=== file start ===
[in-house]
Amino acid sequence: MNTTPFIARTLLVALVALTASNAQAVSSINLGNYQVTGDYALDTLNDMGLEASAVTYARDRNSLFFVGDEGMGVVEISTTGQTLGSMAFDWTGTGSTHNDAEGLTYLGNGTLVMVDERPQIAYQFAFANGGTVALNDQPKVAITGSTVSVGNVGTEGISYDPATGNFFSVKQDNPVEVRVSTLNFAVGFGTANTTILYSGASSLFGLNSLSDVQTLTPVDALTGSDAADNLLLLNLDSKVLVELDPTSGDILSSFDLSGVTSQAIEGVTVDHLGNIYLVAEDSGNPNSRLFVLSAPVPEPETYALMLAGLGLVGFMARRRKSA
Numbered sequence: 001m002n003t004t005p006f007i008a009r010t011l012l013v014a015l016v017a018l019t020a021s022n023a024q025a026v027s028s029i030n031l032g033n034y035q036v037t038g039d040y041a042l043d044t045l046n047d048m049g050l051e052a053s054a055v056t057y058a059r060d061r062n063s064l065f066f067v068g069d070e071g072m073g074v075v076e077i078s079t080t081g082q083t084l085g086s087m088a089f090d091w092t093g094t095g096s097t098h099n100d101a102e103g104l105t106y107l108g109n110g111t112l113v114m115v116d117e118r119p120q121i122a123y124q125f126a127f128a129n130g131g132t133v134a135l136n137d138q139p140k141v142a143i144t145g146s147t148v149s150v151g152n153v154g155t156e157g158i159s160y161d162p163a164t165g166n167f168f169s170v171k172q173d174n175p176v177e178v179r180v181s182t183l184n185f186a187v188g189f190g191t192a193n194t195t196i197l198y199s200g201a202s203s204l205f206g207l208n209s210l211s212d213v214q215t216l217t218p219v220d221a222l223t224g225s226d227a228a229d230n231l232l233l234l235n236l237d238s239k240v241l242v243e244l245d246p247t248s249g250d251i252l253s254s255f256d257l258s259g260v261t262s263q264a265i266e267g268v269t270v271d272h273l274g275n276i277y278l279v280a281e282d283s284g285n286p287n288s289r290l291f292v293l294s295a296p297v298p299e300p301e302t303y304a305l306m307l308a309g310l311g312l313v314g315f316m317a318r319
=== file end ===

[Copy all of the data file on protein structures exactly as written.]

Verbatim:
[in-house]
Amino acid sequence: MNTTPFIARTLLVALVALTASNAQAVSSINLGNYQVTGDYALDTLNDMGLEASAVTYARDRNSLFFVGDEGMGVVEISTTGQTLGSMAFDWTGTGSTHNDAEGLTYLGNGTLVMVDERPQIAYQFAFANGGTVALNDQPKVAITGSTVSVGNVGTEGISYDPATGNFFSVKQDNPVEVRVSTLNFAVGFGTANTTILYSGASSLFGLNSLSDVQTLTPVDALTGSDAADNLLLLNLDSKVLVELDPTSGDILSSFDLSGVTSQAIEGVTVDHLGNIYLVAEDSGNPNSRLFVLSAPVPEPETYALMLAGLGLVGFMARRRKSA
Numbered sequence: 001m002n003t004t005p006f007i008a009r010t011l012l013v014a015l016v017a018l019t020a021s022n023a024q025a026v027s028s029i030n031l032g033n034y035q036v037t038g039d040y041a042l043d044t045l046n047d048m049g050l051e052a053s054a055v056t057y058a059r060d061r062n063s064l065f066f067v068g069d070e071g072m073g074v075v076e077i078s079t080t081g082q083t084l085g086s087m088a089f090d091w092t093g094t095g096s097t098h099n100d101a102e103g104l105t106y107l108g109n110g111t112l113v114m115v116d117e118r119p120q121i122a123y124q125f126a127f128a129n130g131g132t133v134a135l136n137d138q139p140k141v142a143i144t145g146s147t148v149s150v151g152n153v154g155t156e157g158i159s160y161d162p163a164t165g166n167f168f169s170v171k172q173d174n175p176v177e178v179r180v181s182t183l184n185f186a187v188g189f190g191t192a193n194t195t196i197l198y199s200g201a202s203s204l205f206g207l208n209s210l211s212d213v214q215t216l217t218p219v220d221a222l223t224g225s226d227a228a229d230n231l232l233l234l235n236l237d238s239k240v241l242v243e244l245d246p247t248s249g250d251i252l253s254s255f256d257l258s259g260v261t262s263q264a265i266e267g268v269t270v271d272h273l274g275n276i277y278l279v280a281e282d283s284g285n286p287n288s289r290l291f292v293l294s295a296p297v298p299e300p301e302t303y304a305l306m307l308a309g310l311g312l313v314g315f316m317a318r319